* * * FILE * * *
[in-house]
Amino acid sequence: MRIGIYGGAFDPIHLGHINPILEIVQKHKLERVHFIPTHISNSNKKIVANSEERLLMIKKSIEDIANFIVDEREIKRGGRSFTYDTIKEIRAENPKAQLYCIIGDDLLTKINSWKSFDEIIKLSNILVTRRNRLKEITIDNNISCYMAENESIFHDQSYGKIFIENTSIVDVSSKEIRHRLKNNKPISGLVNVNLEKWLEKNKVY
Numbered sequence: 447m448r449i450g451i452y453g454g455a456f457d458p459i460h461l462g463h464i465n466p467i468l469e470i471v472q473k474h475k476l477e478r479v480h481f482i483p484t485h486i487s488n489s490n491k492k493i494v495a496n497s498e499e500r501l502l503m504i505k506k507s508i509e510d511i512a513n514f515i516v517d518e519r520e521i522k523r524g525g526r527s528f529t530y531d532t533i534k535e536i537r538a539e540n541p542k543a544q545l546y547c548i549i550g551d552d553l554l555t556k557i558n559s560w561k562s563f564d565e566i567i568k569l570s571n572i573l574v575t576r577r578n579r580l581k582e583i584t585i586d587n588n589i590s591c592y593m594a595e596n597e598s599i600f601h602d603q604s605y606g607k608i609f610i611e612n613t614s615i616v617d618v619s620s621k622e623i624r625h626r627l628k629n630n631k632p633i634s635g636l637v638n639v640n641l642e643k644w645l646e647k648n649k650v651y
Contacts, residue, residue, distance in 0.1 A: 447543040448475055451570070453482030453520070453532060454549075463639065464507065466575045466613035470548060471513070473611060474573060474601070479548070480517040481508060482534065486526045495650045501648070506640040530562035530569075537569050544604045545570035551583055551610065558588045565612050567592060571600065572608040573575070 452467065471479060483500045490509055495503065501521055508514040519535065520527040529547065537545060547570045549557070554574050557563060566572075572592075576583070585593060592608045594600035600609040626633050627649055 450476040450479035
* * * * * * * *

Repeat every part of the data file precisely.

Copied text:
[in-house]
Amino acid sequence: MRIGIYGGAFDPIHLGHINPILEIVQKHKLERVHFIPTHISNSNKKIVANSEERLLMIKKSIEDIANFIVDEREIKRGGRSFTYDTIKEIRAENPKAQLYCIIGDDLLTKINSWKSFDEIIKLSNILVTRRNRLKEITIDNNISCYMAENESIFHDQSYGKIFIENTSIVDVSSKEIRHRLKNNKPISGLVNVNLEKWLEKNKVY
Numbered sequence: 447m448r449i450g451i452y453g454g455a456f457d458p459i460h461l462g463h464i465n466p467i468l469e470i471v472q473k474h475k476l477e478r479v480h481f482i483p484t485h486i487s488n489s490n491k492k493i494v495a496n497s498e499e500r501l502l503m504i505k506k507s508i509e510d511i512a513n514f515i516v517d518e519r520e521i522k523r524g525g526r527s528f529t530y531d532t533i534k535e536i537r538a539e540n541p542k543a544q545l546y547c548i549i550g551d552d553l554l555t556k557i558n559s560w561k562s563f564d565e566i567i568k569l570s571n572i573l574v575t576r577r578n579r580l581k582e583i584t585i586d587n588n589i590s591c592y593m594a595e596n597e598s599i600f601h602d603q604s605y606g607k608i609f610i611e612n613t614s615i616v617d618v619s620s621k622e623i624r625h626r627l628k629n630n631k632p633i634s635g636l637v638n639v640n641l642e643k644w645l646e647k648n649k650v651y
Contacts, residue, residue, distance in 0.1 A: 447543040448475055451570070453482030453520070453532060454549075463639065464507065466575045466613035470548060471513070473611060474573060474601070479548070480517040481508060482534065486526045495650045501648070506640040530562035530569075537569050544604045545570035551583055551610065558588045565612050567592060571600065572608040573575070 452467065471479060483500045490509055495503065501521055508514040519535065520527040529547065537545060547570045549557070554574050557563060566572075572592075576583070585593060592608045594600035600609040626633050627649055 450476040450479035